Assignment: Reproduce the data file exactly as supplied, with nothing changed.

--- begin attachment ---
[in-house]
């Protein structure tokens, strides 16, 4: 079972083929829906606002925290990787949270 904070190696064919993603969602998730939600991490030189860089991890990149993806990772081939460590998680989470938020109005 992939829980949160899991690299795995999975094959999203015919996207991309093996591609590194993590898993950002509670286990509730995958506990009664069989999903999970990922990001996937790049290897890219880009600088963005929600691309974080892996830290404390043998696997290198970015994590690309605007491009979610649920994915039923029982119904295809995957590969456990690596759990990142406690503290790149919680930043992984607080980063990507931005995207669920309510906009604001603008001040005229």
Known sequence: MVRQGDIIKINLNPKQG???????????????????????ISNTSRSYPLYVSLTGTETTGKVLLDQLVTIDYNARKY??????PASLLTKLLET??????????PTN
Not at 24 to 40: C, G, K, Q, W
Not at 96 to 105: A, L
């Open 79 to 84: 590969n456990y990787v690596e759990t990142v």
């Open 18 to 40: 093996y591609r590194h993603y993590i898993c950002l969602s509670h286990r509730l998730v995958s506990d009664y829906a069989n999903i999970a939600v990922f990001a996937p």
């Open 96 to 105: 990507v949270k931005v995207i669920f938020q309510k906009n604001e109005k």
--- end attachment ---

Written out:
[in-house]
């Protein structure tokens, strides 16, 4: 079972083929829906606002925290990787949270 904070190696064919993603969602998730939600991490030189860089991890990149993806990772081939460590998680989470938020109005 992939829980949160899991690299795995999975094959999203015919996207991309093996591609590194993590898993950002509670286990509730995958506990009664069989999903999970990922990001996937790049290897890219880009600088963005929600691309974080892996830290404390043998696997290198970015994590690309605007491009979610649920994915039923029982119904295809995957590969456990690596759990990142406690503290790149919680930043992984607080980063990507931005995207669920309510906009604001603008001040005229």
Known sequence: MVRQGDIIKINLNPKQG???????????????????????ISNTSRSYPLYVSLTGTETTGKVLLDQLVTIDYNARKY??????PASLLTKLLET??????????PTN
Not at 24 to 40: C, G, K, Q, W
Not at 96 to 105: A, L
């Open 79 to 84: 590969n456990y990787v690596e759990t990142v």
């Open 18 to 40: 093996y591609r590194h993603y993590i898993c950002l969602s509670h286990r509730l998730v995958s506990d009664y829906a069989n999903i999970a939600v990922f990001a996937p």
């Open 96 to 105: 990507v949270k931005v995207i669920f938020q309510k906009n604001e109005k």